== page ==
Additionally, even if the court were to grant plaintiff leave to file his motion to amend out of time, leave to amend is due to be denied because plaintiff's proposed amendment - included within his motion for leave to file it out of time (see Doc. # 14, pp. 2-7) - is futile.[3] In his proposed amendment, plaintiff abandons his claims against all defendants other than John Tinney, his former attorney. Plaintiff claims that Tinney violated plaintiff's rights to due process, equal protection, and effective assistance of counsel, arising from Tinney's allegedly wrongful failure to deliver the proceeds of a settlement in a civil action to the plaintiff. (Doc. # 14, pp. 2-5). In its previous recommendation, the court found plaintiff's claims against Tinney to be subject to dismissal because, among other reasons, plaintiff "allege[d] no facts that would permit a conclusion that Tinney acted under color of state law." (Doc. # 6, p. 6)(citing Grider v. Cook, 590 F.Appx. 876 (11th Cir. 2014) and Young v. Teague, 2009 WL 1125242, *1 (M.D. Ala. Apr. 27, 2009)). Plaintiff's proposed amendment does not cure this deficiency. It includes few allegations of fact about Tinney's conduct; the remainder of the proposed amendment consists of plaintiff's conclusory allegations that Tinney's conduct violated plaintiff's constitutional rights.[4] Because plaintiff's proposed amendment is once again devoid of allegations of fact that would support a conclusion that Tinney acted under color of state law - a necessary element of plaintiff's § 1983 claims - plaintiff's proposed amendment would be subject to dismissal under 28 U.S.C. § 1915(e)(2)(B) for failure to state a claim and, thus, the amendment would be futile. See Maynard v. Board of Regents of Div. of Univ. of Florida Dept. of Ed. ex rel. Univ. of South Florida, 342 F.3d 1281, 1287 (11th Cir. 2003)("Although leave to amend shall be freely given when justice so requires, a motion to amend may be denied on numerous grounds such as undue delay, undue prejudice to the defendants, and futility of the amendment.")(citations and internal quotation marks omitted); see also Burger King Corp v. Weaver, 169 F.3d 1310 (11th Cir. 1999)("This court has found that denial of leave to amend is justified by futility when the complaint as amended is still subject to dismissal.")(citations and internal quotations marks omitted).[5]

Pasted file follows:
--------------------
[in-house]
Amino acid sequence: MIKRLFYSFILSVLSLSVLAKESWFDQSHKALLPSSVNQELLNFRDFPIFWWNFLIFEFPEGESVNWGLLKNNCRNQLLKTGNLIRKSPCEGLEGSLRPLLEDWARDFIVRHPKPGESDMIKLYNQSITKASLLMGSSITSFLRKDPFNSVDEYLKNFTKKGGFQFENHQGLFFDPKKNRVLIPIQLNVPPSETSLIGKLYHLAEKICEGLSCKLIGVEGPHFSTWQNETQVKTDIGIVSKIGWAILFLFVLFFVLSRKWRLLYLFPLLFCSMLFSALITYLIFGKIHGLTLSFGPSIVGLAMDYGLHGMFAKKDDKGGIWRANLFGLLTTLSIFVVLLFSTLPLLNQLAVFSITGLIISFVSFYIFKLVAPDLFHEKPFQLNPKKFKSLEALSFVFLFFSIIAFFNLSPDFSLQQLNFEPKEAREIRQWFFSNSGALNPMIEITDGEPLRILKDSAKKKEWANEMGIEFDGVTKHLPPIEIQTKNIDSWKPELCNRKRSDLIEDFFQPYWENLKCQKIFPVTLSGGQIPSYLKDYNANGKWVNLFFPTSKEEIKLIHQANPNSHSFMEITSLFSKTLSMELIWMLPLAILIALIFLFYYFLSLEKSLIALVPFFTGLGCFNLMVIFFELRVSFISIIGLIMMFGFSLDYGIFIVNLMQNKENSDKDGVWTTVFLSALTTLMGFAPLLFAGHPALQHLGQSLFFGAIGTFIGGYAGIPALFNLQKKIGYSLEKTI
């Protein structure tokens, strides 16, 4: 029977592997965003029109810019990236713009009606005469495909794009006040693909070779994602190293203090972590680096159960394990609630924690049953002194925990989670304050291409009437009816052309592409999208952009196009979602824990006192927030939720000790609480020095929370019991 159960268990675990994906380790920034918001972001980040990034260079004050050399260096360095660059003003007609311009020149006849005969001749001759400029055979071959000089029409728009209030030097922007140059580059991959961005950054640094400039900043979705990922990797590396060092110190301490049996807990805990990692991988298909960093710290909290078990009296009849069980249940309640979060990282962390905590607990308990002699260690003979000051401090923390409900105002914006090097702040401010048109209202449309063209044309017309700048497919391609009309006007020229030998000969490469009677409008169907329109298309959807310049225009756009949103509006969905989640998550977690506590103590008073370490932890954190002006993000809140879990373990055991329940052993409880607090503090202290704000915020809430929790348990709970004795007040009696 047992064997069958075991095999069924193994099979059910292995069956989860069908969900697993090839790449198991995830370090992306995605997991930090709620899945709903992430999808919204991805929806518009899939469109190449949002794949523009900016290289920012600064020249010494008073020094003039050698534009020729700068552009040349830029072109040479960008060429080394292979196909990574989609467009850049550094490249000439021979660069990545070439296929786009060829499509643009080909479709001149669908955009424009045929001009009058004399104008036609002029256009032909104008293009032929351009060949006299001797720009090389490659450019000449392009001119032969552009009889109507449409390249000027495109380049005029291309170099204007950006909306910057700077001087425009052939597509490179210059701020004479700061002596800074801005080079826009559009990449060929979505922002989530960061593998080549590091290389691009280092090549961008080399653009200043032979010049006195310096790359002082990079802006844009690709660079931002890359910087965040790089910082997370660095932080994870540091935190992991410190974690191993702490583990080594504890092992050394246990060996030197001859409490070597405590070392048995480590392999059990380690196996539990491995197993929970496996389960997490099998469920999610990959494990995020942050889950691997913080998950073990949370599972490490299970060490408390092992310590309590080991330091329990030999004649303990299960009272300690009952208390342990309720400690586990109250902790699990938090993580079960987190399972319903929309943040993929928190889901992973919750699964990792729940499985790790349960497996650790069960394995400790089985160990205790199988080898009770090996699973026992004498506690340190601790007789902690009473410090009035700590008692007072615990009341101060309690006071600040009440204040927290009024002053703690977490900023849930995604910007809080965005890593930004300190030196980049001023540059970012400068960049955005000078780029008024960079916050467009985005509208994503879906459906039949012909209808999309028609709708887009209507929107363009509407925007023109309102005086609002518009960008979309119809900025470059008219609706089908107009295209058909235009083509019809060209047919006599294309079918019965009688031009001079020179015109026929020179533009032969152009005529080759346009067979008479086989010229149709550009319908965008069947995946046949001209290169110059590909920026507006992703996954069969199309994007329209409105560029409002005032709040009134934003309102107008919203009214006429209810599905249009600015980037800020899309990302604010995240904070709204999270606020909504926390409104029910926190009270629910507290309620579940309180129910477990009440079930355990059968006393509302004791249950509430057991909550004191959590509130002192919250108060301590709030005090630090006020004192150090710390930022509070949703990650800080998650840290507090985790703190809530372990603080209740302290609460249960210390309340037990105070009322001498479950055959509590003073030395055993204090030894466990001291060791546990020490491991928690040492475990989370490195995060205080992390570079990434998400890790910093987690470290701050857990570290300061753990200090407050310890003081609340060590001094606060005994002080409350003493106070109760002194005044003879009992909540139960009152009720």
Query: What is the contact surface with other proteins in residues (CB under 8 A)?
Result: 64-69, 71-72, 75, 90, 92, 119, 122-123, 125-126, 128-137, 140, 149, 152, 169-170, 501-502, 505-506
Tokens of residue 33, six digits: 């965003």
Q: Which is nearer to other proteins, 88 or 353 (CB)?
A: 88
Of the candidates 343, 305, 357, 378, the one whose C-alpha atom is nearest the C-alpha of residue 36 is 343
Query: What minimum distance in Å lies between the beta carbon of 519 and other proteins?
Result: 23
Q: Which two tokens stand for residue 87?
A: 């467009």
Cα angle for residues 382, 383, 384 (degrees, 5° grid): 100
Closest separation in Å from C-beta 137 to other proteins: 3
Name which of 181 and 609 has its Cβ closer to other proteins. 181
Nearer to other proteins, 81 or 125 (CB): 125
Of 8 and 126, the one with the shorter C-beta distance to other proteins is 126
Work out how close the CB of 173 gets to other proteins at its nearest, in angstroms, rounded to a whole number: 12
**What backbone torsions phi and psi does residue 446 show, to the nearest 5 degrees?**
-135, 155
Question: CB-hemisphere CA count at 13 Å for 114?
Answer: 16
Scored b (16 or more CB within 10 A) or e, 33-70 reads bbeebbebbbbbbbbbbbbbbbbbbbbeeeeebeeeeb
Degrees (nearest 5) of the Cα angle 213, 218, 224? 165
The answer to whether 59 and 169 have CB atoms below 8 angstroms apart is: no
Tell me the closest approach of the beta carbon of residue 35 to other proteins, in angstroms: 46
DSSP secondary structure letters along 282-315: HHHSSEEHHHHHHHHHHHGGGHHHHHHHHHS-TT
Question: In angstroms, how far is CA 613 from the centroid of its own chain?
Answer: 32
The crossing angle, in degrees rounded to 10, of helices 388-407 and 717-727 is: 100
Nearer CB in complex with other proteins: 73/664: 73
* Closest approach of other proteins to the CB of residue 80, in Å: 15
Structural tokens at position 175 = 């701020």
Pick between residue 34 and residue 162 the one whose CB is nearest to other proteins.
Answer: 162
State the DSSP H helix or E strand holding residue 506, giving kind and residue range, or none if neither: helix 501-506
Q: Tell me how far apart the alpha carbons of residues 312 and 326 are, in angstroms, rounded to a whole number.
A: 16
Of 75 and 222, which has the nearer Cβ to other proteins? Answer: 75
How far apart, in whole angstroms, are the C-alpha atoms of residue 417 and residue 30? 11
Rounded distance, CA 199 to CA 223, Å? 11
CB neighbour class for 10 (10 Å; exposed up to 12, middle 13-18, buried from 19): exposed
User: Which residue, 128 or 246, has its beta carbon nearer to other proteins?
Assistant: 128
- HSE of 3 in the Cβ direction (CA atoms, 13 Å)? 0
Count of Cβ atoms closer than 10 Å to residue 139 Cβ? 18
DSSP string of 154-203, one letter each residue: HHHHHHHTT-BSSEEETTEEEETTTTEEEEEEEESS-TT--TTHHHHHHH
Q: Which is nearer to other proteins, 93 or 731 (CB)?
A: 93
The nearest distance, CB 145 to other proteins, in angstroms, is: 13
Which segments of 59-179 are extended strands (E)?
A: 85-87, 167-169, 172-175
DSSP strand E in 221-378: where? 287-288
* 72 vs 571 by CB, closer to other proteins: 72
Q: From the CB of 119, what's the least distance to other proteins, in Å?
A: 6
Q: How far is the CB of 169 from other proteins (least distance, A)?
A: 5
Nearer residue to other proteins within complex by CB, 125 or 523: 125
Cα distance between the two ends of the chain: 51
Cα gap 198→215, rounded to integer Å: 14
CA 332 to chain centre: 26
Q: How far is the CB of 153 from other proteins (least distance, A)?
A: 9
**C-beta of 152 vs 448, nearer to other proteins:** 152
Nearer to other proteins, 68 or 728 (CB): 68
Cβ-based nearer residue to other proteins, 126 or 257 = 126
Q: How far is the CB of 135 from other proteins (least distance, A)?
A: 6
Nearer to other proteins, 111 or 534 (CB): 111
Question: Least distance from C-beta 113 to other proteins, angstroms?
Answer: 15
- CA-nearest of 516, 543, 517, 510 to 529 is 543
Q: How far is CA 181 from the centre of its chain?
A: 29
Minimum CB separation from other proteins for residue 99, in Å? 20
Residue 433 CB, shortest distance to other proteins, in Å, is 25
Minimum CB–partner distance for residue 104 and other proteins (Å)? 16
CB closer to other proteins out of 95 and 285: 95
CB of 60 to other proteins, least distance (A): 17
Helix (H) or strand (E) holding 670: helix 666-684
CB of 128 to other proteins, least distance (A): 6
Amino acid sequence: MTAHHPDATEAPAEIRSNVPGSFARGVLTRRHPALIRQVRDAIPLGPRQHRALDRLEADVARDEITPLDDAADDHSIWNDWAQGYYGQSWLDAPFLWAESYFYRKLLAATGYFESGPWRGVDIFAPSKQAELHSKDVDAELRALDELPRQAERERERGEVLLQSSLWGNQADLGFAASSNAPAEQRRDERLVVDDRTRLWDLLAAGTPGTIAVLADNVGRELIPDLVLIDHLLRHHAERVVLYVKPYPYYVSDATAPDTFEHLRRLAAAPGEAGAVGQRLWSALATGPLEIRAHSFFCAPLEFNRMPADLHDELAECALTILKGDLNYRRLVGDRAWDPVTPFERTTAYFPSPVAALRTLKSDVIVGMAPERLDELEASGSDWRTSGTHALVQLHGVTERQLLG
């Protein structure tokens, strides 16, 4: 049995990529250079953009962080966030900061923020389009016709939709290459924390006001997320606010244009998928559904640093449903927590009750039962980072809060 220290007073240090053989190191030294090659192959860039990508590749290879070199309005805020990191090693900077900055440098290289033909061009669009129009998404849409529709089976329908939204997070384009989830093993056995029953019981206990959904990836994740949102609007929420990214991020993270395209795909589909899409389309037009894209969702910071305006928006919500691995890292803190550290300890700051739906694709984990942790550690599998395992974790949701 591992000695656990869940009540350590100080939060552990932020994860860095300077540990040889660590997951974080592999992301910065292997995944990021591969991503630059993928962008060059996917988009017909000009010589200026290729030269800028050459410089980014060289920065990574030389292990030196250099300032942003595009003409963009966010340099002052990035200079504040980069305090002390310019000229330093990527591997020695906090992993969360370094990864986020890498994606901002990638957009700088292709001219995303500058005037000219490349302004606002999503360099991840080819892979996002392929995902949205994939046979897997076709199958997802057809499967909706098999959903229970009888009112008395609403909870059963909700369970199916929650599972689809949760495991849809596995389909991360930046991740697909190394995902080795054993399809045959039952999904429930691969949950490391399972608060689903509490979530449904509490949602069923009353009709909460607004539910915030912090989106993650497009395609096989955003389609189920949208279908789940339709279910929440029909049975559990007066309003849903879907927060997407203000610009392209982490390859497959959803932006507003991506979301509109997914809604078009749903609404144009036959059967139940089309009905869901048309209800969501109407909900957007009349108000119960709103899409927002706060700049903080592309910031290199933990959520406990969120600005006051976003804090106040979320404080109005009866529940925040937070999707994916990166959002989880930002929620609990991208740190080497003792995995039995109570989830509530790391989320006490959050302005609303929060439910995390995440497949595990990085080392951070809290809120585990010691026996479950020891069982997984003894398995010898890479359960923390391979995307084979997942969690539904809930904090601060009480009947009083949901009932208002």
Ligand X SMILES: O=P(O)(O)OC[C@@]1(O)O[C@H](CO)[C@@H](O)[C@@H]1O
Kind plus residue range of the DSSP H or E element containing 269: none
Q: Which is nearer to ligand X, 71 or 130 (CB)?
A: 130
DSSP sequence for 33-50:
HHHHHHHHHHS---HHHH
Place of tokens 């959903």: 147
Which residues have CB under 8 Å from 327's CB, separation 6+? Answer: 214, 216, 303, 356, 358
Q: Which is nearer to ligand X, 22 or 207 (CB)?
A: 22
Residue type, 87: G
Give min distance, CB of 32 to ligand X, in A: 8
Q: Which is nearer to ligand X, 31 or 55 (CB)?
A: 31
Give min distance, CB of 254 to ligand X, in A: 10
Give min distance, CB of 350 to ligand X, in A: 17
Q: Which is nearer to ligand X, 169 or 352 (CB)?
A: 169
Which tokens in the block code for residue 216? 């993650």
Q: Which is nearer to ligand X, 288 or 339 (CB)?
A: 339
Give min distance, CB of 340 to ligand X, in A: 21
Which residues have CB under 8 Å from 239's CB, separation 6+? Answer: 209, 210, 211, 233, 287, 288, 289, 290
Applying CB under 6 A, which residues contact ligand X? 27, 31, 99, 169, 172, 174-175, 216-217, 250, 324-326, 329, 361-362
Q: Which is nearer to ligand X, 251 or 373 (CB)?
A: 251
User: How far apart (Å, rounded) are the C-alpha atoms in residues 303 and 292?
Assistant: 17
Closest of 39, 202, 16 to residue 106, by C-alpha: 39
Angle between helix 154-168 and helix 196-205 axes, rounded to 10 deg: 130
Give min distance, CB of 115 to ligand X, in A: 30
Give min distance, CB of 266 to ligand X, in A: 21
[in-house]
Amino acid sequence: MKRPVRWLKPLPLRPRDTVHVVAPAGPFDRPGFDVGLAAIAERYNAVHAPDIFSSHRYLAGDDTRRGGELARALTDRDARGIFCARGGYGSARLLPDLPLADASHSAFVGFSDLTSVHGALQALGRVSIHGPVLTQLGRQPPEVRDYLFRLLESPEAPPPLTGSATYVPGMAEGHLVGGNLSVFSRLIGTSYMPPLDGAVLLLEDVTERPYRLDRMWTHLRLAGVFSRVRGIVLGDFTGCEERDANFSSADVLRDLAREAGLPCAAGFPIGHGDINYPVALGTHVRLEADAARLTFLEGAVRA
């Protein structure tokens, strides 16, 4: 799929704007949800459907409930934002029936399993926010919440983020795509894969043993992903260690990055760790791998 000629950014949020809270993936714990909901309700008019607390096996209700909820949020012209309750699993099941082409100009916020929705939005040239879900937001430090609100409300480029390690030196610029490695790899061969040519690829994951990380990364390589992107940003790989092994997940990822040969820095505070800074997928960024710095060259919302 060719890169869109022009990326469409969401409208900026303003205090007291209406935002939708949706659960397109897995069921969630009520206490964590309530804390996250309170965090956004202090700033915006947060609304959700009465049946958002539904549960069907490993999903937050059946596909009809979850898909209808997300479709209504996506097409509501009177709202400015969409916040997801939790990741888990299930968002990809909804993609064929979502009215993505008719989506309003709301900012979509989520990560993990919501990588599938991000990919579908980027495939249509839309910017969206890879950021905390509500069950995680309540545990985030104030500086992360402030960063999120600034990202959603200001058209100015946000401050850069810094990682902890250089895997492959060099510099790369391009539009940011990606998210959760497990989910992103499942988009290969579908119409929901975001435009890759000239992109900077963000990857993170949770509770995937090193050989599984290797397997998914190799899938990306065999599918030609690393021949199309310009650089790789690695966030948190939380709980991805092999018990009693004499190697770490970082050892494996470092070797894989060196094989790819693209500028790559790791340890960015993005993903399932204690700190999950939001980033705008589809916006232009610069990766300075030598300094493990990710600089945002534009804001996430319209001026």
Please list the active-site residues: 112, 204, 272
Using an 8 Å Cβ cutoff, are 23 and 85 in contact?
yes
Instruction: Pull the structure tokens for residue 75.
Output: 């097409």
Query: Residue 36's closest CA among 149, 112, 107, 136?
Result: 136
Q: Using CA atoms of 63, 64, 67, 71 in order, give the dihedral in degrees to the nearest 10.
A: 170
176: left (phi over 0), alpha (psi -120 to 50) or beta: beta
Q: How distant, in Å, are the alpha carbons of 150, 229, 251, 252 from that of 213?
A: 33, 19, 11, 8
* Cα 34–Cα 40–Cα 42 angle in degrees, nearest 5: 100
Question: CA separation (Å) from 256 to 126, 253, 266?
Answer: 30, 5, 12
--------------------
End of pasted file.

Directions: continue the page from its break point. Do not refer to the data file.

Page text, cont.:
CONCLUSION

Because plaintiff has not shown good cause for extending the deadline previously set by the court for filing a motion for leave to amend, it is the RECOMMENDATION of the Magistrate Judge that plaintiff's "Motion for Out-of-Time Motion for Leave to Amend" (Doc. # 14) be DENIED and, since there are no claims remaining before the court, that final judgment be entered dismissing this action.

In the alternative, if the District Judge should decide to allow plaintiff's out-of-time motion, it is the RECOMMENDATION of the Magistrate Judge that leave to amend be denied as futile, due to plaintiff's failure to state an actionable claim in his proposed amendment.

The Clerk of the Court is ORDERED to file the Recommendation of the Magistrate Judge and to serve a copy on the plaintiff. Plaintiff may file written objections to this Recommendation on or before June 23, 2015. Any objections filed must specifically identify the findings in the Magistrate Judge's Recommendation to which the plaintiff objects. Frivolous, conclusive or general objections will not be considered by the District Court.

Failure to file written objections to the proposed findings and recommendations in the Magistrate Judge's report shall bar the party from a de novo determination by the District Court of issues covered in the report and shall bar the party from attacking on appeal factual findings in the report accepted or adopted by the District Court except upon grounds of plain error or manifest injustice. Resolution Trust Co. v. Hallmark Builders, Inc., 996 F.2d 1144, 1149 (11th Cir. 1993); Henley v. Johnson, 885 F.2d 790, 794 (11th Cir. 1989).